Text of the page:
REVIEW: The Auckland Pride Gala 2018

By Sharu Delilkan and Tim Booth

[Bursting with Pride]

Attending the Auckland Pride Gala is always a treat – especially since you never know what you’re gonna get.

And this year, marking the 6th anniversary of the Auckland Pride Festival, was no different.

In fact it was particularly brilliant because not only were we given a snapshot of the festival’s highlights, but there were also a few added gems that weren’t specifically part of the impending festival’s programme.

Director Jason Te Mete’s curation of the entire evening was absolutely spot on.  Right from Brady Peeti belting out Pasek and Paul’s This is Me (from The Greatest Showman) as a backdrop for Night of the Queer, to the finale of Fine Fatale, the pace and order of events couldn’t have been more perfect.  It was like watching a dramatic theatrical piece that starts with a bang, reels you into a false sense of security, reveals a number of surprises along the way, brings the occasional tear to your eyes, and culminates in a heightened crescendo.  And just when you think it can’t get any better, you’re treated to even more terrific talent.  We were spoilt for choice with the sheer pantheon of guest appearances from rainbow community icons.

Joyfully and warmly hosted by Labour MPs Tamati Coffey and Louisa Wall, it was indeed a star-studded event – The Rt Hon Helen Clark and her achievements in social progression taking front row.

As always. the Pride Gala showcases snippets of selected shows to come over the next couple of weeks – the weird, wonderful, woeful and wacky.

Following Brady Peeti’s explosive opening number (that brought the house down) was a sneaky peek into Legacy Project 5 with Hamish Annan’s thought-provoking piece sincerely expressed by Kurt Utai-Laurenson.  A great commentary on the range of terror and confusion experienced by the LGBTQQIAAP community.

Sir Dame Judy Ginger’s rendition of I Am What I Am was a triumph in performance art over talent and Sam Brook’s Twenty Eight Millimetres was a very heartfelt and real family discussion that truly touched both of us deeply.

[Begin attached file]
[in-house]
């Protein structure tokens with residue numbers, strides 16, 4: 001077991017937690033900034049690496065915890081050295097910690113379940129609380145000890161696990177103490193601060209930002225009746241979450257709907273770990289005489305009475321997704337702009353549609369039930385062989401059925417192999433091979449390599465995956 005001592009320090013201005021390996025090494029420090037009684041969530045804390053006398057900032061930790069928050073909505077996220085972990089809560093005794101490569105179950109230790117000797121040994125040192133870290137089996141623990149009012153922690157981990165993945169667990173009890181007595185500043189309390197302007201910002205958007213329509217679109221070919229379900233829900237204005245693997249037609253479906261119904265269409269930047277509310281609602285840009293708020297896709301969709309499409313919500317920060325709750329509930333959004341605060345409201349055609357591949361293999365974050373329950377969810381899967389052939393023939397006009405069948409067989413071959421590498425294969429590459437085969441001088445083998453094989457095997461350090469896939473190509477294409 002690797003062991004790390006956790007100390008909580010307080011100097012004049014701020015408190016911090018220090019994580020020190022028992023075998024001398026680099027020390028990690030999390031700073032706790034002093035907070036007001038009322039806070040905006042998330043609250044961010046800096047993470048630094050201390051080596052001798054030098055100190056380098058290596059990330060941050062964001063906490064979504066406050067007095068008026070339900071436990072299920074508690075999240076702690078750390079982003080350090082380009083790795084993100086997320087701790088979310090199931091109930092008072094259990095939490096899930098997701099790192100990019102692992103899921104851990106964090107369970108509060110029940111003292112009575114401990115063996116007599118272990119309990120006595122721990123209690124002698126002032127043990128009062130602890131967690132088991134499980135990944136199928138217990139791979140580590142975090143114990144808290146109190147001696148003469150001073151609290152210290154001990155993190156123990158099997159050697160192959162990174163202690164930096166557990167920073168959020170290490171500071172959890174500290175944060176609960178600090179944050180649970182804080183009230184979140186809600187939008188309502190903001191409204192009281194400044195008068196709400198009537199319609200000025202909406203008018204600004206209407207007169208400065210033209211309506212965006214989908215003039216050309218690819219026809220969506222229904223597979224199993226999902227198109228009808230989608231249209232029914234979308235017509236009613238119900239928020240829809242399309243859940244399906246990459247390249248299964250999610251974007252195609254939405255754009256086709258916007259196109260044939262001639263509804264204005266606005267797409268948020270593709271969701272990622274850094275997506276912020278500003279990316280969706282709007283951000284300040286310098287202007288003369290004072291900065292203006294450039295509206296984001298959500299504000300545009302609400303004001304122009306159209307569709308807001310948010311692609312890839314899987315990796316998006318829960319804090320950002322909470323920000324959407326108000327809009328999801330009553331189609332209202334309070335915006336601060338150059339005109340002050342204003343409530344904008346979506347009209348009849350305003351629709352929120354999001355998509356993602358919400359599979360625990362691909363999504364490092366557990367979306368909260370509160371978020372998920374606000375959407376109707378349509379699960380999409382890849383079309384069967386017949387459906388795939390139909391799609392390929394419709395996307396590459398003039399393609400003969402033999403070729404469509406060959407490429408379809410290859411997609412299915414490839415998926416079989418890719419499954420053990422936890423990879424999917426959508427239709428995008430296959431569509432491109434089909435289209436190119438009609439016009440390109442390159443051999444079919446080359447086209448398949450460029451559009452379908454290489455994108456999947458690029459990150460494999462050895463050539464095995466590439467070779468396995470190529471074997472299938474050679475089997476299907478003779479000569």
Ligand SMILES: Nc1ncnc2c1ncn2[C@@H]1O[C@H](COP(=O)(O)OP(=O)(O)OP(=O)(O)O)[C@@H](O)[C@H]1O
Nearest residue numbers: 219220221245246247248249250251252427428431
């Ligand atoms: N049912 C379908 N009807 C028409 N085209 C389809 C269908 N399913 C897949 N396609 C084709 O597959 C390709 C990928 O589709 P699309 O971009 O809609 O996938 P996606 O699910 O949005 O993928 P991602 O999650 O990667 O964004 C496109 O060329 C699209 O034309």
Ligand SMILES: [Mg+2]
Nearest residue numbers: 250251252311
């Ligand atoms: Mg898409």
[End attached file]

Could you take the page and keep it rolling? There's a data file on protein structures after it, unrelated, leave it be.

Neil Thornton is a comedian that I’ve seen and appreciated before.  He was in especially good form tonight with this home and homey crowd.  Appropriately inappropriate, his totally ‘out there’ commentary pushed the boundaries, giving us a comedic breath of fresh air amongst the devlishy diverse acts.

The LnP Project  and Paul Ross gave well received musical performances while Courtney Dina Meredith’s performance poetry was a great advertisement for the Same Same but Different Writers Festival.

The two ‘overseas’ acts making up Red Room Cabaret were unexpected in the genre choices of choreographed burlesque/conga dancing and striptease pole dancing.  It certainly implied that there is more happening on Waiheke Island than meets the eye.

Tom Sainsbury made two appearances – both of which were downright hilarious.  His Portrayal of Paula Bennett during the Rainbow Pussies and Pooches segment was politically astute.  We couldn’t help noticing that The Rt Hon Helen Clark giggling and enjoying the pisstaking and parody.  His second presentation for the night was as teaser from his latest penned show Gays in Space.  This was also a crowd favourite and looks to be a ridiculously unique perspective, a must see in the Festival lineup.

Some of the second act was tinged with poignancy and sadness, giving everyone a reality check on what many have had to endure prior to recent triumphs, such as legalising same sex marriage.

The collage of stories of injustice in the 1980s and 90s AIDS epidemic had many in the audience in tears.  A brutal but gentle spoken-word tribute to many who died unappreciated and shamed was superbly juxtapositioned by the GALS choir and lead vocals of the talented Peeti.

Interluding the aforementioned shows were a series of lip-synced performances dramatically and bravely kicked off by Adeena Delight’s Come As You Are. The passionately performed drag numbers were clearly thoughtfully chosen to personify the pain, perseverance and joy of each individual’s personal experiences.

Natasha Wilson’s operatic performance, accompanied by David Kelly on the piano, was a masterclass in pure talent and skill.  Serious, self-evasive, humorous and tragic, this piece was the very essence of an opera in one set.  Genius, awesomely skillful and most definitely memorable.  A great way to entice people to see NZ Opera’s Live Drag! – An Opera In The Making.

A brave, inspired and inspiring choice for the final act, Fine Fatale, took our breath away.  As pure skill, grace and expression this performance was sublime.  A worthy and fitting end to this wonderful evening.

The Auckland Pride Gala 2018 was held at Q. 

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